Keywords

References

[1]  Mehrotra A, Adams JL, Armstrong K, Eibner C, Hussey PS, Lave J, Liu H, McGlynn EA, Pollack CE, Ridgely MS, Rudavsky R. Health care on aisle 7: The growing phenomenon of retail clinics. Santa Monica, Calif.: RAND Corporation, RB-9491-1. 2010.
 
[2]  (FMH) Ethiopia Federal Ministry of Health. April 2014. Ethiopia’s Fifth National Health Accounts 2010/2011. Addis Ababa, Ethiopia.
 
[3]  Asfaw A, von Braun J. Innovations in health care financing: new evidence on the prospect of community health insurance schemes in the rural areas of Ethiopia. International journal of health care finance and economics. 2005 Sep 1;5(3):241-53.
 
[4]  Asenso-Okyere WK, Osei-Akoto I, Anum A, Appiah EN. Willingness to pay for health insurance in a developing economy. A pilot study of the informal sector of Ghana using contingent valuation. Health policy. 1997 Dec 31;42(3):223-37.
 
[5]  Jung J, Liu Streeter J. Does health insurance decrease health expenditure risk in developing countries? The case of China. Southern Economic Journal. 2015 Oct 1;82(2):361-84.
 
Show More References
[6]  Dalinjong PA, Laar AS. The national health insurance scheme: perceptions and experiences of health care providers and clients in two districts of Ghana. Health economics review. 2012 Jul 23;2(1):1.
 
[7]  Panda P, Chakraborty A, Dror DM. Building awareness to health insurance among the target population of community‐based health insurance schemes in rural India. Tropical Medicine & International Health. 2015 Aug 1;20(8):1093-107.
 
[8]  Mladovsky, Philipa. Social capital and enrolment in community-based health insurance in Senegal. Diss. The London School of Economics and Political Science (LSE), 2014.
 
[9]  Carrin G, Waelkens MP, Criel B. Community‐based health insurance in developing countries: a study of its contribution to the performance of health financing systems. Tropical medicine & international health. 2005 Aug 1;10(8):799-811.
 
[10]  Kruk ME, Goldmann E, Galea S. Borrowing and selling to pay for health care in low-and middle-income countries. Health Affairs. 2009 Jul 1;28(4):1056-66.
 
[11]  Macha J, Harris B, Garshong B, Ataguba JE, Akazili J, Kuwawenaruwa A, Borghi J. Factors influencing the burden of health care financing and the distribution of health care benefits in Ghana, Tanzania and South Africa. Health policy and planning. 2012 Mar 1;27(suppl 1):i46-54.
 
[12]  Newhouse JP, Manning WG, Morris CN, Orr LL, Duan N, Keeler EB, Leibowitz A, Marquis KH, Marquis MS, Phelps CE, Brook RH. Some interim results from a controlled trial of cost sharing in health insurance. New England Journal of Medicine. 1981 Dec 17;305(25):1501-7.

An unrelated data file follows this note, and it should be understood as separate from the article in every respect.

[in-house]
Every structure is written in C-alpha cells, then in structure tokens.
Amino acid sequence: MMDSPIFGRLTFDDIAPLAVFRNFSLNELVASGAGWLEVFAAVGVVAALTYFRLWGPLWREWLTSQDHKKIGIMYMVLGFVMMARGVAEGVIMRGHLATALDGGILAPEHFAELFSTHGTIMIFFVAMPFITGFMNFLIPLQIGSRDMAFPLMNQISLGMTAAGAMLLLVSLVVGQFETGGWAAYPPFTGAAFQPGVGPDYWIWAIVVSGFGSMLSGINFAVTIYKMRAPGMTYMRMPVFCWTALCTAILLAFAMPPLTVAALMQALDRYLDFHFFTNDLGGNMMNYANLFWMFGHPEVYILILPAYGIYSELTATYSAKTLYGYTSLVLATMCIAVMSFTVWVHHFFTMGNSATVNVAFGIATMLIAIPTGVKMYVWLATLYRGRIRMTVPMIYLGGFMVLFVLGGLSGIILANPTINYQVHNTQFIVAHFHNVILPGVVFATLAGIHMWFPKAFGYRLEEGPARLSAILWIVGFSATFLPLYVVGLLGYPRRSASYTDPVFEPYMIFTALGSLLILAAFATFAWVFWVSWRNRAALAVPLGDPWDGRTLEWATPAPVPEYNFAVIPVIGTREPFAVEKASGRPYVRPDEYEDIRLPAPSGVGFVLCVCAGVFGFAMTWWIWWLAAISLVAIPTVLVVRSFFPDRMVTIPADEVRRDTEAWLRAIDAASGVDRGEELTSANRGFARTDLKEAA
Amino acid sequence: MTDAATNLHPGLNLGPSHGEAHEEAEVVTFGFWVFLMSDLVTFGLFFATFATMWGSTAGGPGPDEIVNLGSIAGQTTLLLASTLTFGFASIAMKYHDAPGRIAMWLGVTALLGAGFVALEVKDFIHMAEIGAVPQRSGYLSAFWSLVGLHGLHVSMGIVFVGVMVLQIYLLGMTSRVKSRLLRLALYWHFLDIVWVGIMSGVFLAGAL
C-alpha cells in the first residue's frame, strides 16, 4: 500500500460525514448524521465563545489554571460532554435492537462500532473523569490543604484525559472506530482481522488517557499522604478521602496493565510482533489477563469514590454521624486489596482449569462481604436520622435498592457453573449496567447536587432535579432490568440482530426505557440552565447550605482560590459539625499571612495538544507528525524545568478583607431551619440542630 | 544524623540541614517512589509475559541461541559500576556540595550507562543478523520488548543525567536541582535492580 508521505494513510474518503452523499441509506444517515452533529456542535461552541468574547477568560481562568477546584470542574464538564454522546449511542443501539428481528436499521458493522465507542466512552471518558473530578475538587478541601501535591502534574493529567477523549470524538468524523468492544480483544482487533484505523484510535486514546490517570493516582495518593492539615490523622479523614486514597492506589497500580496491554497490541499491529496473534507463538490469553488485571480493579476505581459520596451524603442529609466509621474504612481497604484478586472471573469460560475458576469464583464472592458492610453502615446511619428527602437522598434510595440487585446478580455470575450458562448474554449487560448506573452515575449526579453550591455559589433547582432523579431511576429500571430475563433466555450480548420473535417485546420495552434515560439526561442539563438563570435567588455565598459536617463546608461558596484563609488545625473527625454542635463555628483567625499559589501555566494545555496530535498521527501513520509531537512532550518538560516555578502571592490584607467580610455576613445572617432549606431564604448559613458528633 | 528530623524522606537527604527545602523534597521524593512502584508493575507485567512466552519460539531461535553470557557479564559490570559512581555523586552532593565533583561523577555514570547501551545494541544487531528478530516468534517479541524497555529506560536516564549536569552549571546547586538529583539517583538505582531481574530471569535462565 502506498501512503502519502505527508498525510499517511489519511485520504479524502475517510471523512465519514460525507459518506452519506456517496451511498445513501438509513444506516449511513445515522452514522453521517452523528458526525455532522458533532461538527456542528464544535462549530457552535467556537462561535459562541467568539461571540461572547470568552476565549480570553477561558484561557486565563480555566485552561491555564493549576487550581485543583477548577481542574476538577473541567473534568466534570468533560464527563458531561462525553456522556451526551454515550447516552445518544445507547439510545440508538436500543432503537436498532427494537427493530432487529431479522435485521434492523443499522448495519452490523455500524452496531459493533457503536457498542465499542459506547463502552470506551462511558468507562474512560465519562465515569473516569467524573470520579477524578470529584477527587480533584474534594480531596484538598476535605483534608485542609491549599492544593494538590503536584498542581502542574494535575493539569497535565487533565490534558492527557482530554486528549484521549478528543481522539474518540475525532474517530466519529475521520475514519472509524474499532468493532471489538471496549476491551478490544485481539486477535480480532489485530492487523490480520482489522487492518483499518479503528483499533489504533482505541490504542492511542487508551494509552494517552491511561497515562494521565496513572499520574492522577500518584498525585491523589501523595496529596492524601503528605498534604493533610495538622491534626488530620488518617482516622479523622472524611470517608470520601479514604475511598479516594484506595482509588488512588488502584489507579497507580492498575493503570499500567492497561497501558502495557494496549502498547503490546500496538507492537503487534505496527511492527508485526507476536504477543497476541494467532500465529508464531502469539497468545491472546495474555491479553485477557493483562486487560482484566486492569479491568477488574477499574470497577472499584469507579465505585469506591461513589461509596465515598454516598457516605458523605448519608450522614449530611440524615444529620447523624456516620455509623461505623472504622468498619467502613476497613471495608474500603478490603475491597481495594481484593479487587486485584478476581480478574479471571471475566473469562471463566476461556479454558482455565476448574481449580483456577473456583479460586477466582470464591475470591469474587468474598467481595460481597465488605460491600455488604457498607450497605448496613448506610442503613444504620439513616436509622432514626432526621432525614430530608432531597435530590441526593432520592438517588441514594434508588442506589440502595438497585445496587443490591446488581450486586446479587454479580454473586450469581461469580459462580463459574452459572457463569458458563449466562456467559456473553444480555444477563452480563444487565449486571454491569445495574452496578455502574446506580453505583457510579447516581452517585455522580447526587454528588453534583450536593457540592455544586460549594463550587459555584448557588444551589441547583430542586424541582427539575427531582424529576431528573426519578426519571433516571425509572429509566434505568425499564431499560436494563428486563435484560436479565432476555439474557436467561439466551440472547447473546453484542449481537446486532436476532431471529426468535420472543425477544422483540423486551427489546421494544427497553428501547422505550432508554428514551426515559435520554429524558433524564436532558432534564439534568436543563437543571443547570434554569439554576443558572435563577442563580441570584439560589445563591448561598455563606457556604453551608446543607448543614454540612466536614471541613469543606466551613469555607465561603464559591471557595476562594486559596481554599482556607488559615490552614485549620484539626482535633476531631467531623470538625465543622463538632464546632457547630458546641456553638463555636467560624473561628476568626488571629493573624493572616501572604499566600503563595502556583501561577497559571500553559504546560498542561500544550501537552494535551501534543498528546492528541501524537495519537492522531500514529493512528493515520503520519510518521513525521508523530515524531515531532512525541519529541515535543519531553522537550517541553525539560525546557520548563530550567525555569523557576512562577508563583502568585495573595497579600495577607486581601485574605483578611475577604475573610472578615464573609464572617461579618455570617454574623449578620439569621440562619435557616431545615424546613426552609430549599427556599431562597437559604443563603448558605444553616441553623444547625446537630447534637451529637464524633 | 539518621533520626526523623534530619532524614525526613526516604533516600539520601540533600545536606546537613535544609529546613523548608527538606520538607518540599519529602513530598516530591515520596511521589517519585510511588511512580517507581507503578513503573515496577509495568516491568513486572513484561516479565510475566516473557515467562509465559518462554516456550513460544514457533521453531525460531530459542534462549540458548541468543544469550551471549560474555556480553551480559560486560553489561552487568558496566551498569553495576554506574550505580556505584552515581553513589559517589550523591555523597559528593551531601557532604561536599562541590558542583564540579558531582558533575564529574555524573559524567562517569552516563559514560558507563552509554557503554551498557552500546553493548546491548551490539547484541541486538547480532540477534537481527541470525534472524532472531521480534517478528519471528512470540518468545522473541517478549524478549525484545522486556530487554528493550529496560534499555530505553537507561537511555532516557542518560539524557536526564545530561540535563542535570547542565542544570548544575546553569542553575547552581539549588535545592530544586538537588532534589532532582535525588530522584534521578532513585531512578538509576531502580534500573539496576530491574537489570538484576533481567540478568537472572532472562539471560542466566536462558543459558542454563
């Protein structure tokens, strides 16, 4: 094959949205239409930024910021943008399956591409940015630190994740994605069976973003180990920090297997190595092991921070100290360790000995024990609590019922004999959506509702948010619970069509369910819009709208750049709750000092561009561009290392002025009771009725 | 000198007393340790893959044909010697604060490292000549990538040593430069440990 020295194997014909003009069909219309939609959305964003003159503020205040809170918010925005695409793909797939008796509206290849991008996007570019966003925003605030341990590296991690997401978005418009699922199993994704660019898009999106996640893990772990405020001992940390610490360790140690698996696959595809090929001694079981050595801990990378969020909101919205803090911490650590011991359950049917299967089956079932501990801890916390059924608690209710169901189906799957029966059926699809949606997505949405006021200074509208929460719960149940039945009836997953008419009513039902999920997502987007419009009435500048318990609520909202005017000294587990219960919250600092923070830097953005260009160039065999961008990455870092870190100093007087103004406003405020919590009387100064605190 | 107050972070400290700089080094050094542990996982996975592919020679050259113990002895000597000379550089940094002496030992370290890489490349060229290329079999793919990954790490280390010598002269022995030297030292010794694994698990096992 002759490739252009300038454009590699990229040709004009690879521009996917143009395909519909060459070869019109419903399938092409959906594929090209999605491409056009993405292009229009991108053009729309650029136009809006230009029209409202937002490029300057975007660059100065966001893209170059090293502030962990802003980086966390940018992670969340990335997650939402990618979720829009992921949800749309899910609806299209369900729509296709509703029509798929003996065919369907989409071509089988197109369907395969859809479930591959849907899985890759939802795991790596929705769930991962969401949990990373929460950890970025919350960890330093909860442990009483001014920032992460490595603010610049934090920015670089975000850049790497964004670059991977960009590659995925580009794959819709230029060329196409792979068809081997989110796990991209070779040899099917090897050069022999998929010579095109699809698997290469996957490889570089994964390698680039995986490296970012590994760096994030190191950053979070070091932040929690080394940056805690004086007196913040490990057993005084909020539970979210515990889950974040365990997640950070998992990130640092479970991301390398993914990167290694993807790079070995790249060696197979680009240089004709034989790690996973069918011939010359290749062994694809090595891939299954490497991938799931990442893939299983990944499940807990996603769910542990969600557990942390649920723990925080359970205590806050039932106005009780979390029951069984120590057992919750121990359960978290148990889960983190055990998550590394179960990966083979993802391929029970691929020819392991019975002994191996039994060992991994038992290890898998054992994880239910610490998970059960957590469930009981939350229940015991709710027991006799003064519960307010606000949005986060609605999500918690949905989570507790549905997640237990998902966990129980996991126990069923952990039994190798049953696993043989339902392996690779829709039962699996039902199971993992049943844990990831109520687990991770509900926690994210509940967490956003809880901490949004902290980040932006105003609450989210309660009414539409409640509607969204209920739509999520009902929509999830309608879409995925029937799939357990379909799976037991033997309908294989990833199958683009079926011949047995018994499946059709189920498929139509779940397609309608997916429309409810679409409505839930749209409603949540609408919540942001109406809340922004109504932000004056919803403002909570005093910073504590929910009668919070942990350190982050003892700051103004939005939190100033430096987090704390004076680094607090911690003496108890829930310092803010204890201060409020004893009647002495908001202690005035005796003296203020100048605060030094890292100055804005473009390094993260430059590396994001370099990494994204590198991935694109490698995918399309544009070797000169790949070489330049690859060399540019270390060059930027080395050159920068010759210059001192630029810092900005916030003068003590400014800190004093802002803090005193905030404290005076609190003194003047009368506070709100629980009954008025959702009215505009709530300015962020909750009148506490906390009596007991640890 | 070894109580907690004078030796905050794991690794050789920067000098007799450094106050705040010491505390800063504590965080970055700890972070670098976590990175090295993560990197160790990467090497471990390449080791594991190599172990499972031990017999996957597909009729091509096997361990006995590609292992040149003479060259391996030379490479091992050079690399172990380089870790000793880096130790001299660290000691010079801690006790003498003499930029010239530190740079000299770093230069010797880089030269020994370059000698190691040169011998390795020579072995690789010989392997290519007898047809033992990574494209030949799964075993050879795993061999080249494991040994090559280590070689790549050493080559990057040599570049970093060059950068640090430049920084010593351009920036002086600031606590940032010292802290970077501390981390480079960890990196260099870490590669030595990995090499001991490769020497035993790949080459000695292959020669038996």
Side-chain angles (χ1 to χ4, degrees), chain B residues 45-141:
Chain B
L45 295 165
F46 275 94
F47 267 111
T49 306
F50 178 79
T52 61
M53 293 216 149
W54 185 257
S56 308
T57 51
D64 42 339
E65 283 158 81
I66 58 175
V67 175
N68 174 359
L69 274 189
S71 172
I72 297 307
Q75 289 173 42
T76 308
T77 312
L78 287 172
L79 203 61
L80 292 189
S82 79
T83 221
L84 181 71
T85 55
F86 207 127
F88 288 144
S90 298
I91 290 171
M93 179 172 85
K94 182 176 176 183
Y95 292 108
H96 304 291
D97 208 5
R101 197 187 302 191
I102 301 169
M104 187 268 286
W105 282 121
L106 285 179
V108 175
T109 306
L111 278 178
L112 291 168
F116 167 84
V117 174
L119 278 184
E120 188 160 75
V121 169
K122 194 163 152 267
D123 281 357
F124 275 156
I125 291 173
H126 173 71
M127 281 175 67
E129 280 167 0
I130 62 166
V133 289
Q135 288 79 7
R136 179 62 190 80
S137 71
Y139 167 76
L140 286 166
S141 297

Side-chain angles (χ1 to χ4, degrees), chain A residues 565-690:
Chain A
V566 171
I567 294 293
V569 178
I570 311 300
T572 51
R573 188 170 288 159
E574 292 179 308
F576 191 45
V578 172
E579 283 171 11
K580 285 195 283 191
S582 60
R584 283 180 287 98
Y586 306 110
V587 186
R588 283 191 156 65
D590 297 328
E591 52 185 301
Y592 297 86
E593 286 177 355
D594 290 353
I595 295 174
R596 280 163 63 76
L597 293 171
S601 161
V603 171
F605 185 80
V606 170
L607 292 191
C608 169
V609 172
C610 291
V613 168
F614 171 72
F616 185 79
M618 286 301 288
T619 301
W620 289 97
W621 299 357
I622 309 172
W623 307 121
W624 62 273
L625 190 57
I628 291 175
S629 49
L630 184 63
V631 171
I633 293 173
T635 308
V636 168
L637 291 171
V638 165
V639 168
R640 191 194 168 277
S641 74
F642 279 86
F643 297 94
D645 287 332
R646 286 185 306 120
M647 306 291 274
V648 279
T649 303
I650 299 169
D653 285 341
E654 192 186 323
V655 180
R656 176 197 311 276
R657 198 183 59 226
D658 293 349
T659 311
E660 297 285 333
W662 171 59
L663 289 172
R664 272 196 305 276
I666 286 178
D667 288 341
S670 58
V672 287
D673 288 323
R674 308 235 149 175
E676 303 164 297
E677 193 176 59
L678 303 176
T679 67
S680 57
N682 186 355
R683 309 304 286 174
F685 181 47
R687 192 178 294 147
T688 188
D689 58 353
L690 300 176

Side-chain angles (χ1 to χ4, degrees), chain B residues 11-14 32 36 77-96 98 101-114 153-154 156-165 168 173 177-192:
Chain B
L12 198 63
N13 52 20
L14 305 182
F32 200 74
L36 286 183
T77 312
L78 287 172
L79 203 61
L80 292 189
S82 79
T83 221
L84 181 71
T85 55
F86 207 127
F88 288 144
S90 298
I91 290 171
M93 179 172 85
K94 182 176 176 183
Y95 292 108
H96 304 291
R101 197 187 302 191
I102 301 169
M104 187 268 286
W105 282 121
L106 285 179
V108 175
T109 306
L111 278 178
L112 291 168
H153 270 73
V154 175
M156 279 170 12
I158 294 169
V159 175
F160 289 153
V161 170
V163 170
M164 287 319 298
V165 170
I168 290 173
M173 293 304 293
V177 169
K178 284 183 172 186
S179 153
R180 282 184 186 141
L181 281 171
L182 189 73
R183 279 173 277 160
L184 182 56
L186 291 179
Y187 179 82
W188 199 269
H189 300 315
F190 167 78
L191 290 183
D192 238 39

[13]  Robyn PJ, Hill A, Liu Y, Souares A, Savadogo G, Sié A, Sauerborn R. Econometric analysis to evaluate the effect of community-based health insurance on reducing informal self-care in Burkina Faso. Health policy and planning. 2012 Mar 1;27(2):156-65.
 
[14]  Liu X, Tang S, Yu B, Phuong NK, Yan F, Thien DD, Tolhurst R. Can rural health insurance improve equity in health care utilization? A comparison between China and Vietnam. Int J Equity Health. 2012 Feb 29;11(10):1-9.
 
[15]  Asgary A, Willis K, Taghvaei AA, Rafeian M. Estimating rural households’ willingness to pay for health insurance. The European Journal of Health Economics, formerly: HEPAC. 2004 Sep 1;5(3):209-15.
 
[16]  Wagstaff A, Nguyen HT, Dao H, Bales S. Encouraging Health Insurance for the Informal Sector: A Cluster Randomized Experiment in Vietnam. Health economics. 2015 Jan 1.
 
[17]  Cohodes SR, Grossman DS, Kleiner SA, Lovenheim MF. The effect of child health insurance access on schooling: Evidence from public insurance expansions. Journal of Human Resources. 2015 Nov 30.
 
[18]  Adams R, Chou YJ, Pu C. Willingness to participate and Pay for a proposed national health insurance in St. Vincent and the grenadines: a cross-sectional contingent valuation approach. BMC health services research. 2015 Apr 9;15(1):1.
 
[19]  Mitchell RC, Carson RT. Using surveys to value public goods: the contingent valuation method. Resources for the Future; 1989.
 
[20]  Cameron TA, Quiggin J. Estimation using contingent valuation data from a “dichotomous choice with follow-up” questionnaire. Journal of environmental economics and management. 1994 Nov 30;27(3):218-34.
 
[21]  Haab TC, McConnell KE. Valuing environmental and natural resources: the econometrics of non-market valuation. Edward Elgar Publishing; 2002.
 
[22]  Hanemann WM, Kanninen B. The statistical analysis of discrete-response CV data. Valuing environmental preferences: theory and practice of the contingent valuation method in the US, EU, and developing countries. 1999;441.
 
[23]  Krinsky and Robb. Mean and median willingness to pay measures, updated version 2002.
 
Show Less References